The complications of TB in pregnancy also gravely affects the baby in several ways. Some of these are as follows:

  • The disease can spread from the mother to the baby through the umbilical cord. This is called congenital tuberculosis
  • Congenital TB is defined as TB caused among infants at the time of birth (typically during passage through the birth canal, or while the baby is in the mother’s womb). However, unlike other congenital diseases, the symptoms of congenital TB are often not specific, while many mothers do not show any kind of symptoms (spec ific or general)
  • Can cause a swelling in the liver or the spleen
  • Can cause respiratory problems
  • Fever
  • Affects the lymph nodes and hampers proper functioning

How to Diagnose Tuberculosis During Pregnancy

If you have a cough with sputum generation for over three weeks, the basic diagnosis includes the testing of this sputum to see if there are any disease causing bacteria. This test can identify most forms of TB. The doctors need two samples of your sputum for this so you can be called again.

This is generally followed by a chest X-ray, blood test, and skin test. Make sure you go ahead with all the tests recommended by the doctor as the potential harm to the baby due to TB is much higher than any test. All of these methods help determine if you have active TB.

Tests Done During Tuberculosis

A skin test called Mantoux test is done by injecting a small amount of Tuberculin in the epidermis of your skin. If there is a swelling in this area within 48 to 72 hour, it means that the test is positive for latent TB. This tuberculosis test in pregnancy is done to determine whether you have latent TB.

Treating TB During Pregnancy

Treating TB During Pregnancy

It is important that you pay attention to the management of tuberculosis in pregnancy to avoid harming yourself and the baby. Similar to any other bacterial infection, TB is also treated with a course of antibiotics. It can be cured entirely if detected at an early stage and if you complete the course of antibiotics without any interruptions. The course can last anywhere between 6 to 9 months, but can also extend further depending on the severity of the disease.

You will feel better a few weeks after the medication, but this doesn’t mean that you are completely cured of the disease. The bacteria can still be alive and can even cause a relapse. Some other times, the bacteria can develop resistance to the medication, making it more difficult to cure the disease.

Make sure you start receiving treatment as soon as possible to avoid harming both you and your newborn. Make sure you also do the following:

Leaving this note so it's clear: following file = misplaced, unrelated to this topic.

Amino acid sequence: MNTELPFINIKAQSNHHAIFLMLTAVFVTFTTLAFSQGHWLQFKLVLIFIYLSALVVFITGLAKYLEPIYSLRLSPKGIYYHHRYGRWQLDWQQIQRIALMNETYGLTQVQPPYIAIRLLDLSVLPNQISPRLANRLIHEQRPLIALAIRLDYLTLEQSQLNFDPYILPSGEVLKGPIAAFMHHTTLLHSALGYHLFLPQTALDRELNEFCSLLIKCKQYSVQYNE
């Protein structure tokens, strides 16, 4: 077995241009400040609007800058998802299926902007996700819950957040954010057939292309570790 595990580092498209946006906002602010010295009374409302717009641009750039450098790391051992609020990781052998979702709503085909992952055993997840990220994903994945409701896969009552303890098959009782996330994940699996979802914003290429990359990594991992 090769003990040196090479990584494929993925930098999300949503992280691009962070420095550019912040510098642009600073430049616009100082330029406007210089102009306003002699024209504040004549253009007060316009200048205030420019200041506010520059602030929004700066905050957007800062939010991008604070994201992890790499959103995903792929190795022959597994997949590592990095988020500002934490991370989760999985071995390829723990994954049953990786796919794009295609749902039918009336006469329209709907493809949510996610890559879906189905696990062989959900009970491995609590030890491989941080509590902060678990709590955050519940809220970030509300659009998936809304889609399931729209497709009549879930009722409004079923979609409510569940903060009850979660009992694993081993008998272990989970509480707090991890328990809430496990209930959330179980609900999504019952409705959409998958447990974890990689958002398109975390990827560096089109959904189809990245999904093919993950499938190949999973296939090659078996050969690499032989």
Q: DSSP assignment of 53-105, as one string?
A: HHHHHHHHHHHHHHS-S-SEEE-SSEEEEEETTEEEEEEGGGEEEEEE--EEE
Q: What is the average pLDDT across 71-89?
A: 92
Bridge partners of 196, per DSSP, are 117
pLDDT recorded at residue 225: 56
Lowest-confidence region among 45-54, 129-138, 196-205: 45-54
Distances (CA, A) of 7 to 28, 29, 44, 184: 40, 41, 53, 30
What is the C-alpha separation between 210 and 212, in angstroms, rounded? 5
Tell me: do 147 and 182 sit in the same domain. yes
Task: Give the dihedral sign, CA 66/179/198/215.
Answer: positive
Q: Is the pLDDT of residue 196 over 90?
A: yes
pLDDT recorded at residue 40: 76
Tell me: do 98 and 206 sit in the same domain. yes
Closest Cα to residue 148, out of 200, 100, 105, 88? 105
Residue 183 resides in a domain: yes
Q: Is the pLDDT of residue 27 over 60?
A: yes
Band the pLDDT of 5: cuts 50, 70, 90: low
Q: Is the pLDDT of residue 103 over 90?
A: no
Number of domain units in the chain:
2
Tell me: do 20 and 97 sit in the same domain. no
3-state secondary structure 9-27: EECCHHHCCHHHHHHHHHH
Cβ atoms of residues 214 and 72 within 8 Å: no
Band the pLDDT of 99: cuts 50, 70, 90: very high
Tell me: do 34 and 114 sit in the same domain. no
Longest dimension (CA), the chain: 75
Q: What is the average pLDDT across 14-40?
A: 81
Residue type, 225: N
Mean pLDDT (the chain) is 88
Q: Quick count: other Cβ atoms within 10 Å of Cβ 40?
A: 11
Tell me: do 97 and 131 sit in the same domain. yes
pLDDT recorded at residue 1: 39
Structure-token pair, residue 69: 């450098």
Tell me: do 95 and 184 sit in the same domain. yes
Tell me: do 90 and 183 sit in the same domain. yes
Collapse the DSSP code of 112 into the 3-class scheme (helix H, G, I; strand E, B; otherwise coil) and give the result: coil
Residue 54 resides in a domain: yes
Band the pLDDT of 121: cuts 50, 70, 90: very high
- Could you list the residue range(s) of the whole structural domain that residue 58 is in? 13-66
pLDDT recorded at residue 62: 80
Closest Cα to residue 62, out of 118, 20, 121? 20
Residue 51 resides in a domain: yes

1. Eat a healthy and balanced diet.
  2. Breathe as much fresh air as possible.
  3. Don’t miss any doctor’s appointments.
  4. Mention any side effects to your doctor, like headaches, changes in vision, nausea, etc.

TB Medication to Avoid During Pregnancy

It can be difficult to stick to the treatment due to fear of the medication harming the baby or pregnancy related nausea. However, most first line medication for TB are safe for treatment during pregnancy. These include isoniazid, ethambutol, rifampicin, and pyrazinamide.

It is recommended that you avoid streptomycin if you are pregnant. This is effective in treating TB but can result in loss of hearing or balance in your child. This is common in at least one out of six babies.

You must also take extreme care if you are undergoing treatment with isoniazid. It can cause drug-induced hepatitis which can hinder the treatment of tuberculosis. In case you are affected by hepatitis, then your liver function is closely monitored, and some drugs like methadone are used to allow your liver to function properly. Isoniazid can, however, be taken without any harm along with a dose of Vitamin B6.

Can TB Affect the Baby’s Development?

Tuberculosis transfers from the mother to the baby through the umbilical cord in only a few cases where the disease is left untreated. But if the disease is diagnosed, it can be treated with proper medication. But in case if the baby gets TB, then it can cause a lot of harm to the baby. Not only does TB lead to miscarriage and preterm labour, but it also causes a series of issues in the baby too. Some of these include stunted growth, enlargement of spleen or liver, fever, and respiratory issues.

Tuberculosis in pregnancy can be harmful for the health of both mother and the baby, and it is necessary that you take good care. Make sure you avoid exposure to this disease by keeping away from people who are infected with TB. After all, prevention is always better than cure. However if you do catch the disease, don’t worry about tuberculosis pregnancy risk as yet. There are several ways you can get treated, and the best way to make the treatments effective is to remain positive at all times. Increased stress levels can not only affect your child but can also hinder the treatment.